The term “autopilot” should not be used until vehicles meet Level 5 criteria. That should include demonstrating it can pass an industry-wide scenario matrix. That being the minimum normal driving and exception or accident situations the vehicle should be able to handle properly. This would include variables like vehicle type and performance, weather, terrain, moving and stationary obstacles, sensor degradation or conflicts, driver induced mistakes, driver take over, time of day, signage, road changes/condition, handling of external data sources etc.
These systems should not be released to the public until a minimum amount of scenarios are tested. This includes professional drivers. (Ford stopped the practice because professional drivers were falling asleep.) Simulation and simulators in combination with inputs from the participants below should be used for primary data gathering and testing.
Suggested Method for Data Capture, Design and Testing
Scenario Matrix
  • The key to all of this is creating a complete and accurate industry-wide Scenario Matrix which would be used for design and testing. (That includes regression and repeat testing)
  • That matrix should include any situation that a user of the system could reasonably be expected to experience as well as as many variations of those scenarios as possible
  • Design and Testing should include the boundaries of those combinations
  • This matrix will help inform where AI, Machine learning is needed to help fill in the gaps
  • Minimizes repeat data found by those gathering data via driving
  • Helps avoid wasting time on repeat scenarios or missing intricacy of existing scenarios
  • Provides a checklist to help ensure macro and even some micro scenarios are not missed or incomplete
  • This will also ensure drivers who select different brands of vehicle do not have to worry about changes in scenarios covered or how they are covered. What happens if someone goes into a different brand and a scenario that was covered in their former vehicle is not? Or if the scenario is handled differently? That drive could take control or not take control at the wrong time.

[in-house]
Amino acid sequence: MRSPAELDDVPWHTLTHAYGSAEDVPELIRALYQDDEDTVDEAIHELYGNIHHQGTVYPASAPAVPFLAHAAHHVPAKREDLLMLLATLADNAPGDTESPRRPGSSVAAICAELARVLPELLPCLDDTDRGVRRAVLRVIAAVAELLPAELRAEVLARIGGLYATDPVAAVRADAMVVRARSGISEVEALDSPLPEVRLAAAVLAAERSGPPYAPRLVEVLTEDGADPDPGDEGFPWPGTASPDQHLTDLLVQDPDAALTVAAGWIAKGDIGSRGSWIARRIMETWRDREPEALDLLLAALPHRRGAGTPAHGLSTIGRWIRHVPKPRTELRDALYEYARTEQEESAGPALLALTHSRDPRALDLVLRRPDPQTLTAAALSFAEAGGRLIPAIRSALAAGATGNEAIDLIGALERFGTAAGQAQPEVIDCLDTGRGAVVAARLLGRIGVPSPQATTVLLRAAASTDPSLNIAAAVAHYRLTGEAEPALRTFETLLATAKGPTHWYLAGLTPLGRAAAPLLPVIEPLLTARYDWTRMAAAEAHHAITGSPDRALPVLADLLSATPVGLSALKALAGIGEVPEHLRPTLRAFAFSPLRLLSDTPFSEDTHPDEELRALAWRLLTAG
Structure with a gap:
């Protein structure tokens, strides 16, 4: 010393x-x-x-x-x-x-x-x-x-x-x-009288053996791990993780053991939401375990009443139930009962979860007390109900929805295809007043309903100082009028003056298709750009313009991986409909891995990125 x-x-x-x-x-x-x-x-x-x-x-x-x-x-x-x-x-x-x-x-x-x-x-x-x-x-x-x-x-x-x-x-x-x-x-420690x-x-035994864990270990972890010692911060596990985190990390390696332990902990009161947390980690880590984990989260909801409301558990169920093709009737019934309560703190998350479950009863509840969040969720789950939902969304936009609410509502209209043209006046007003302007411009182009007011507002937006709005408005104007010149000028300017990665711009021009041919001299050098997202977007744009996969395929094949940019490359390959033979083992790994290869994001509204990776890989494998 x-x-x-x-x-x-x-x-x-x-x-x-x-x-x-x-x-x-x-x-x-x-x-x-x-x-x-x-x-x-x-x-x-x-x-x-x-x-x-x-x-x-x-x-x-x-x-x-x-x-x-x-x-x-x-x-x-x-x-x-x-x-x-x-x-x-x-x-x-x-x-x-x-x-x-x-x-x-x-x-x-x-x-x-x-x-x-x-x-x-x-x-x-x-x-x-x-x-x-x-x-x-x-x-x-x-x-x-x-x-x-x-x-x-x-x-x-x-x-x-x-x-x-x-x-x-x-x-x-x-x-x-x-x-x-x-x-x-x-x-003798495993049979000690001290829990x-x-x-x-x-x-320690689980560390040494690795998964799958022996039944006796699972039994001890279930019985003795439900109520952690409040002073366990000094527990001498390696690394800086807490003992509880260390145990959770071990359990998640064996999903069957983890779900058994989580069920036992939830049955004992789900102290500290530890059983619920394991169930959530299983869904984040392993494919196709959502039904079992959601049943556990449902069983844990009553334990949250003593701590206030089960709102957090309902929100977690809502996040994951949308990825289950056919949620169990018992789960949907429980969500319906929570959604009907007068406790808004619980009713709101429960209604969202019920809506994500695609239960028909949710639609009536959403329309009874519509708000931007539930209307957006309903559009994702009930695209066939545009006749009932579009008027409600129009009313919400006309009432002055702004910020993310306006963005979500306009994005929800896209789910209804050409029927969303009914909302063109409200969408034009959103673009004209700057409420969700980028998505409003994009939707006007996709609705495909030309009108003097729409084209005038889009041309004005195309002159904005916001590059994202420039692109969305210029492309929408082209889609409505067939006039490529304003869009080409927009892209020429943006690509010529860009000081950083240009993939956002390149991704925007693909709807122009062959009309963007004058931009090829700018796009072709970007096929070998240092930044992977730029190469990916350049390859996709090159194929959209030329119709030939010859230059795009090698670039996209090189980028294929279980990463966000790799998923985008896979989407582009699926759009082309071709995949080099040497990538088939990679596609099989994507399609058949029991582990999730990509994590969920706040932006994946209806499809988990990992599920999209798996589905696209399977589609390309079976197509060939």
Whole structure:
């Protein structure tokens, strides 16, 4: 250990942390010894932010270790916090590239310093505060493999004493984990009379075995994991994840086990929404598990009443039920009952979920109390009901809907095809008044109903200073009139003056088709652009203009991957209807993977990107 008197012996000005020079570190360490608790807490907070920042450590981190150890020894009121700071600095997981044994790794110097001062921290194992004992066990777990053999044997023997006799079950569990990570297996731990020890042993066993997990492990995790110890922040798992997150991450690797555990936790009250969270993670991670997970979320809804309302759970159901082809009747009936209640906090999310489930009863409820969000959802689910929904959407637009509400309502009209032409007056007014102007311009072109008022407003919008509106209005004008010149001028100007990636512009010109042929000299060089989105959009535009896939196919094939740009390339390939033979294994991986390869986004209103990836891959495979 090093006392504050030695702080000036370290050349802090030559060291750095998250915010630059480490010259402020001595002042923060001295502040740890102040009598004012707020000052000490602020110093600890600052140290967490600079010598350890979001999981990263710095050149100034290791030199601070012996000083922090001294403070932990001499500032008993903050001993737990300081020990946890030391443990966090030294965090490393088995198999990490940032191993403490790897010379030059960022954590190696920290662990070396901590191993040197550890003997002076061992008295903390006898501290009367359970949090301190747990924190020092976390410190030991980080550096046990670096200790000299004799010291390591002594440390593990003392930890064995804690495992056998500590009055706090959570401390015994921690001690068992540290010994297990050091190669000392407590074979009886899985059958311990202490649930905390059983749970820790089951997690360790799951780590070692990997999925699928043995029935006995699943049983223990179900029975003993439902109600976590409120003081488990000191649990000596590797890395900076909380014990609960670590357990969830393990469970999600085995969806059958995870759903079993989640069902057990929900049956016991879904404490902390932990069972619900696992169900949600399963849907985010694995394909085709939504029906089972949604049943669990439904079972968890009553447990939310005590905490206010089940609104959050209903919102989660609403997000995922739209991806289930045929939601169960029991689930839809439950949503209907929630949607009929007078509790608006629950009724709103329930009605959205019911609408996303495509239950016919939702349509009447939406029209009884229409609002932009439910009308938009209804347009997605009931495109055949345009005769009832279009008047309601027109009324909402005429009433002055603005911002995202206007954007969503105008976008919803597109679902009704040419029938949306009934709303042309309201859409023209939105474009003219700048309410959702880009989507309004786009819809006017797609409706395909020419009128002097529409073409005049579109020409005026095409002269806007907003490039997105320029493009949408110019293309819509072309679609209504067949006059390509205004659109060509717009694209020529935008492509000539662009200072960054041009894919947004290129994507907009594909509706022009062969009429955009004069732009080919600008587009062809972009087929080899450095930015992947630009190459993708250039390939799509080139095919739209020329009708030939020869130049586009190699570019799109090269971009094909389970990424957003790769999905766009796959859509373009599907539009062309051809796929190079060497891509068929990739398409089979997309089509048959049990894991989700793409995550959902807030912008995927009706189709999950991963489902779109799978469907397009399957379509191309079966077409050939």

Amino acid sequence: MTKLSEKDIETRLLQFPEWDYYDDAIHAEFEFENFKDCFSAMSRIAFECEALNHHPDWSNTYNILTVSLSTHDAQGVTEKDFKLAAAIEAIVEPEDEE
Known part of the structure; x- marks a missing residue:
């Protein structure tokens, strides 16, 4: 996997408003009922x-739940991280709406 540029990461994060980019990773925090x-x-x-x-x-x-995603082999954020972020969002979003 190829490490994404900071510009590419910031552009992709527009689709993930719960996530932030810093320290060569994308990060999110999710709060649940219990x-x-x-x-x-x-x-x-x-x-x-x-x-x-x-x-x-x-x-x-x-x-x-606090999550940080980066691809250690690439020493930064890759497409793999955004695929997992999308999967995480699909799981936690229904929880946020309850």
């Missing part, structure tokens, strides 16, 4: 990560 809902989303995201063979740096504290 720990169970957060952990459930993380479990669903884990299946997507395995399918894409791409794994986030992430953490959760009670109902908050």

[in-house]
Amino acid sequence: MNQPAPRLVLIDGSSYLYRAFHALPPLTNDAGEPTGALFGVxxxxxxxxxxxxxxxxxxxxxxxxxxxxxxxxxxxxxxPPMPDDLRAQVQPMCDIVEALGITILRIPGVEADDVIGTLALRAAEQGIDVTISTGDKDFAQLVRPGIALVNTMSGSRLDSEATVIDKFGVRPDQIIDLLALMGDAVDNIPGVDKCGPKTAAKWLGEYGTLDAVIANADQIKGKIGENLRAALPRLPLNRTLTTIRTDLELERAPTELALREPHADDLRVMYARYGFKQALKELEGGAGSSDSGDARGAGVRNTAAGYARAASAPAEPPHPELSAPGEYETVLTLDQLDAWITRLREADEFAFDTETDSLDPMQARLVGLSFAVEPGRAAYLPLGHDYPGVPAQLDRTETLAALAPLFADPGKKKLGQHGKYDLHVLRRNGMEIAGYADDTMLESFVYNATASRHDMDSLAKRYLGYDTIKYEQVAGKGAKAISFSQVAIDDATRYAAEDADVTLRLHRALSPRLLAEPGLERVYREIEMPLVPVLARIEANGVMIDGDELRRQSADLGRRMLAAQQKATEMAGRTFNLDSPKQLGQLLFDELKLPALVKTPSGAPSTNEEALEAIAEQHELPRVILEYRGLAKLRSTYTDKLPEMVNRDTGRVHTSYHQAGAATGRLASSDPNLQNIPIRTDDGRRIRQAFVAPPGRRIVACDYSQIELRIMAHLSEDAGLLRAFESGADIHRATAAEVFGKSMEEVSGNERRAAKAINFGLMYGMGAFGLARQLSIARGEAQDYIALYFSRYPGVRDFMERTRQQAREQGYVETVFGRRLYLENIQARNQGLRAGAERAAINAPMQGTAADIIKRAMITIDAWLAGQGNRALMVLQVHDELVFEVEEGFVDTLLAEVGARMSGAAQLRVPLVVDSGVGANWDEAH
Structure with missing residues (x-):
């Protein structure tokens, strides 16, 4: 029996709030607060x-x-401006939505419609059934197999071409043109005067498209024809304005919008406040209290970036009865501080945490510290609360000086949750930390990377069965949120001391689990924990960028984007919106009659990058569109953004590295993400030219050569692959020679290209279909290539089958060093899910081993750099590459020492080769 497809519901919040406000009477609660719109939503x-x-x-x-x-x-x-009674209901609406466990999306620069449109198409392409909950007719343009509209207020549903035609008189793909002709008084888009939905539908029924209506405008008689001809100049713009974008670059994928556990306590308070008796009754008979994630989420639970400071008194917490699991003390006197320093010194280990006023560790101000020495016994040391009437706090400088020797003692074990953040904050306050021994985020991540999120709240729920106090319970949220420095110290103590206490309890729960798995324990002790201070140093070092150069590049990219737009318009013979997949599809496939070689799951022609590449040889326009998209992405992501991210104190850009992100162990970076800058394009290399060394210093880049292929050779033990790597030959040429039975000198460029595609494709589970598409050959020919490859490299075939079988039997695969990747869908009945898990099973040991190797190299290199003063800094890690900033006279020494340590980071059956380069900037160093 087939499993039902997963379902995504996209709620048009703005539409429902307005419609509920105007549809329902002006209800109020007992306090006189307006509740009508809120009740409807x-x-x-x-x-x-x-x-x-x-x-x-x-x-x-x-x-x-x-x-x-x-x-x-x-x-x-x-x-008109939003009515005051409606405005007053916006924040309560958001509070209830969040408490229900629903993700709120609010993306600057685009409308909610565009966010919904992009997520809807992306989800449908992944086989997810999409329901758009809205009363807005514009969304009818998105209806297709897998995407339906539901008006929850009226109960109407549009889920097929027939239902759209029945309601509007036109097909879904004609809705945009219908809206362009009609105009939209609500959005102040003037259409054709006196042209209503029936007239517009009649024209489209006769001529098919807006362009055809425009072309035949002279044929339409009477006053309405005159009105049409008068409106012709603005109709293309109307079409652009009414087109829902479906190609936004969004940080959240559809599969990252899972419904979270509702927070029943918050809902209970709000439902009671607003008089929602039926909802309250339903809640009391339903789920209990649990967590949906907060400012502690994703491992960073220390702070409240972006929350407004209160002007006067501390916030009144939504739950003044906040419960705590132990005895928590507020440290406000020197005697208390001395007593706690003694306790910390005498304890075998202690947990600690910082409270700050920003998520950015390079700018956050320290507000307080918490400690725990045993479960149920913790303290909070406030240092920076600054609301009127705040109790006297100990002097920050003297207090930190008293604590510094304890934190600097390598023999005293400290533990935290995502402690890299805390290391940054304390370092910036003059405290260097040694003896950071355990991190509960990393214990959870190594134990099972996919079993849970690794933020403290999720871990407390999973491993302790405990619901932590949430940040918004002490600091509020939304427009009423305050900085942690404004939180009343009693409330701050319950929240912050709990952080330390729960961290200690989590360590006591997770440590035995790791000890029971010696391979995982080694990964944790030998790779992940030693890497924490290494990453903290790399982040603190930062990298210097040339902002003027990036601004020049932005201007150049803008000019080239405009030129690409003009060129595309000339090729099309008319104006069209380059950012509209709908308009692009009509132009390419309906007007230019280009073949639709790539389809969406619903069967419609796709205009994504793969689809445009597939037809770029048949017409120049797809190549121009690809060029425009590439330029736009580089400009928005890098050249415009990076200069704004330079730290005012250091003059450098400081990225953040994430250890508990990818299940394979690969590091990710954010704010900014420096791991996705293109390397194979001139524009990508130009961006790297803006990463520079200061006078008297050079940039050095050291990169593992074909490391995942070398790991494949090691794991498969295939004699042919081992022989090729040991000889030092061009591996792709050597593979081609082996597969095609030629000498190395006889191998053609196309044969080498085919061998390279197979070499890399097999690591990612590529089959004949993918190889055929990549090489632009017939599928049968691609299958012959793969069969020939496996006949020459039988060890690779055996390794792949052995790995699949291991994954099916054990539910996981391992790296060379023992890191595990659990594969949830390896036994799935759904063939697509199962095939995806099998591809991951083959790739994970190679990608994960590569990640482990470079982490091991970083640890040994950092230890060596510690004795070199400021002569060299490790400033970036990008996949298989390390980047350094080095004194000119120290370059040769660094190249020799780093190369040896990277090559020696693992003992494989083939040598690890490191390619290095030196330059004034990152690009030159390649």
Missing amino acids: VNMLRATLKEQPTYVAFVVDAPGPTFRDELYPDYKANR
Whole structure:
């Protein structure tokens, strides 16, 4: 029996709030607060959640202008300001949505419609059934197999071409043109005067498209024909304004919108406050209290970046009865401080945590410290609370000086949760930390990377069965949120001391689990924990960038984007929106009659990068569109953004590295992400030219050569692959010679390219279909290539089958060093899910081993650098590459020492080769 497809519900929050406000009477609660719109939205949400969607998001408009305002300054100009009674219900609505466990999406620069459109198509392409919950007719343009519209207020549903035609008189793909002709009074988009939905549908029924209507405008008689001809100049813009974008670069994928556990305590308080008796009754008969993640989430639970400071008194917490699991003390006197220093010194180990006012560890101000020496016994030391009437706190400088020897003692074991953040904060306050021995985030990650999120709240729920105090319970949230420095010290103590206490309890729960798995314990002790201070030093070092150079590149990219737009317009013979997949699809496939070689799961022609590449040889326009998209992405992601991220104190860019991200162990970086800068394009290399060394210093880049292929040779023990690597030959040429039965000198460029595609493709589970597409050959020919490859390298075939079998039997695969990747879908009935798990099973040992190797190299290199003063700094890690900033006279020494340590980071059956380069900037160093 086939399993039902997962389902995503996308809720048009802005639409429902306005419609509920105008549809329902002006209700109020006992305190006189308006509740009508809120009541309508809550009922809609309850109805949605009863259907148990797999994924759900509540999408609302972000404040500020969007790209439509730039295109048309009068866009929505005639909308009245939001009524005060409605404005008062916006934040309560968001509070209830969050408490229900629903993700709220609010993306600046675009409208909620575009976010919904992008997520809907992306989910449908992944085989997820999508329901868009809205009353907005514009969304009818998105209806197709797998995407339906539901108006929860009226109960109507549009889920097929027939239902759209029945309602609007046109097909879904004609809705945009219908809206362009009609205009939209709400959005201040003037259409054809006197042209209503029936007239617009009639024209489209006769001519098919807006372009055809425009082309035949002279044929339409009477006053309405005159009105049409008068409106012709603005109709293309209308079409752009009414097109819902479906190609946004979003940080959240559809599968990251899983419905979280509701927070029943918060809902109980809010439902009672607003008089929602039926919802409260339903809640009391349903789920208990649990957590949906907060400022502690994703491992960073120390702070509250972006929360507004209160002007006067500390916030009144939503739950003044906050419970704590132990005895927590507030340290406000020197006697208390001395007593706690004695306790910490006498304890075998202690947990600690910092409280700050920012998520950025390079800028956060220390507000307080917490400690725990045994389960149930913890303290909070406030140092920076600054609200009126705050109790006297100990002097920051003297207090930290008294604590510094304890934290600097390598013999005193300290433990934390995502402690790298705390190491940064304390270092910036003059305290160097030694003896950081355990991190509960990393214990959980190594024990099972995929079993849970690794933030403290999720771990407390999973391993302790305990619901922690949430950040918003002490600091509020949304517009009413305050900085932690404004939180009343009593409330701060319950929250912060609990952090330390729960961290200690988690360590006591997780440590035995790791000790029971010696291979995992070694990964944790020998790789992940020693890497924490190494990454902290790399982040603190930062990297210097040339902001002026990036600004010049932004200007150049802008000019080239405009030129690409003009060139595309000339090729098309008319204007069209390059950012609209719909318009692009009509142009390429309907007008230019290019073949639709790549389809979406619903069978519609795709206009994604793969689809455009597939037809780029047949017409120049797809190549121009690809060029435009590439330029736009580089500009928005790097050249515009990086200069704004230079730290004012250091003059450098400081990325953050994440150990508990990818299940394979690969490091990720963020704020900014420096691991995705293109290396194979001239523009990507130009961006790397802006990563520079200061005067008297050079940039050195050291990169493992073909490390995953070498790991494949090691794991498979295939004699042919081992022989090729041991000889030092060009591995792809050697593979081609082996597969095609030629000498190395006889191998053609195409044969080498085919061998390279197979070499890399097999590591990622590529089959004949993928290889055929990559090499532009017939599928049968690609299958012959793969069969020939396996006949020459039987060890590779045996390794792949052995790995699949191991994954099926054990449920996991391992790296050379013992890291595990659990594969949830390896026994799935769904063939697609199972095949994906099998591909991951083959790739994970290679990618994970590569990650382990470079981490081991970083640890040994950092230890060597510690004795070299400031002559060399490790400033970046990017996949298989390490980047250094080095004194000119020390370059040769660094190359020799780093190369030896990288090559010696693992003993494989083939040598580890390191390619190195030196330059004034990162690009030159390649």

Data Sources
  • Note on AI - AI for every aspect OTHER than that which needlessly puts people at risk in “autopilot” systems that are not reliable yet, is obviously encouraged. For Mapping etc there is really no other way. (Mapping for example would have to be constant. Something that will have to be crowd sourced.)
  • Drivers not in autonomous mode
  • Automobile Companies
  • Insurance Companies
  • Researchers – to include Social Engineering – Expectations of other human drivers
  • Traffic Engineering
  • Government Agencies – NHTSA etc.
  • Product Team Exception Handling Inputs – Folks trying to break the system
  • Vehicle Performance, Configuration Changes and Issues
  • Weather
  • Road and Terrain – Time of Day - Changes especially for temporary work
  • Signage – To include human gestures
  • Sensors – System Device Capabilities - Handling of Conflicts and Missing or Flawed Data - Priority and Probability Filters - LIDAR, Radar, FLIR, GPS, Cameras, Sound etc. Every V2X receipt will have to be treated as a separate sensor input.
  • Moving and Stationary Objects
  • External Data Sources – Other Vehicles, Objects and Systems - V2X